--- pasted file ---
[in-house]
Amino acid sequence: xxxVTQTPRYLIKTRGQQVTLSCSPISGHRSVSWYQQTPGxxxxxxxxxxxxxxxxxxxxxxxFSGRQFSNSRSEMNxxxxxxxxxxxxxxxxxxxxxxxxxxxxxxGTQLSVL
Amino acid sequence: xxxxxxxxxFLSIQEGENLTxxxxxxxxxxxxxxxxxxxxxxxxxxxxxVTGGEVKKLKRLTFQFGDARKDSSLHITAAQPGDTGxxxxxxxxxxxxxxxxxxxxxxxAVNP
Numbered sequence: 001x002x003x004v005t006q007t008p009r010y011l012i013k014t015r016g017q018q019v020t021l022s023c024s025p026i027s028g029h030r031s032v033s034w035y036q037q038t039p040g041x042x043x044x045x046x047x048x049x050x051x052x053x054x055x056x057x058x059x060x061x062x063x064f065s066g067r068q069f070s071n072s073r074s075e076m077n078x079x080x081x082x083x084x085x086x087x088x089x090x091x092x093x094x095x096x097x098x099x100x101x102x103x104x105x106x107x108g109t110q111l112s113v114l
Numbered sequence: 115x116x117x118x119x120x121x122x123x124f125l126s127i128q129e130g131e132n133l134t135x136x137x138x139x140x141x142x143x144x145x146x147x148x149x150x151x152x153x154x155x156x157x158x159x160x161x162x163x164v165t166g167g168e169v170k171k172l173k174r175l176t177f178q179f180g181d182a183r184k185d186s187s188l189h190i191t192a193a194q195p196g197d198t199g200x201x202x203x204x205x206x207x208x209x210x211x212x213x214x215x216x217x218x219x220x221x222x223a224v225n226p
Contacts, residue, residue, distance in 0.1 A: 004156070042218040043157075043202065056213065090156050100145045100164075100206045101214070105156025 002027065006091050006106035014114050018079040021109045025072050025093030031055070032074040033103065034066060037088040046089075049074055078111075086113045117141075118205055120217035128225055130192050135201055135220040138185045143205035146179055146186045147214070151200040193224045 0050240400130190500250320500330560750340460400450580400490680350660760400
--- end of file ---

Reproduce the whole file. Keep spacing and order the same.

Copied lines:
[in-house]
Amino acid sequence: xxxVTQTPRYLIKTRGQQVTLSCSPISGHRSVSWYQQTPGxxxxxxxxxxxxxxxxxxxxxxxFSGRQFSNSRSEMNxxxxxxxxxxxxxxxxxxxxxxxxxxxxxxGTQLSVL
Amino acid sequence: xxxxxxxxxFLSIQEGENLTxxxxxxxxxxxxxxxxxxxxxxxxxxxxxVTGGEVKKLKRLTFQFGDARKDSSLHITAAQPGDTGxxxxxxxxxxxxxxxxxxxxxxxAVNP
Numbered sequence: 001x002x003x004v005t006q007t008p009r010y011l012i013k014t015r016g017q018q019v020t021l022s023c024s025p026i027s028g029h030r031s032v033s034w035y036q037q038t039p040g041x042x043x044x045x046x047x048x049x050x051x052x053x054x055x056x057x058x059x060x061x062x063x064f065s066g067r068q069f070s071n072s073r074s075e076m077n078x079x080x081x082x083x084x085x086x087x088x089x090x091x092x093x094x095x096x097x098x099x100x101x102x103x104x105x106x107x108g109t110q111l112s113v114l
Numbered sequence: 115x116x117x118x119x120x121x122x123x124f125l126s127i128q129e130g131e132n133l134t135x136x137x138x139x140x141x142x143x144x145x146x147x148x149x150x151x152x153x154x155x156x157x158x159x160x161x162x163x164v165t166g167g168e169v170k171k172l173k174r175l176t177f178q179f180g181d182a183r184k185d186s187s188l189h190i191t192a193a194q195p196g197d198t199g200x201x202x203x204x205x206x207x208x209x210x211x212x213x214x215x216x217x218x219x220x221x222x223a224v225n226p
Contacts, residue, residue, distance in 0.1 A: 004156070042218040043157075043202065056213065090156050100145045100164075100206045101214070105156025 002027065006091050006106035014114050018079040021109045025072050025093030031055070032074040033103065034066060037088040046089075049074055078111075086113045117141075118205055120217035128225055130192050135201055135220040138185045143205035146179055146186045147214070151200040193224045 0050240400130190500250320500330560750340460400450580400490680350660760400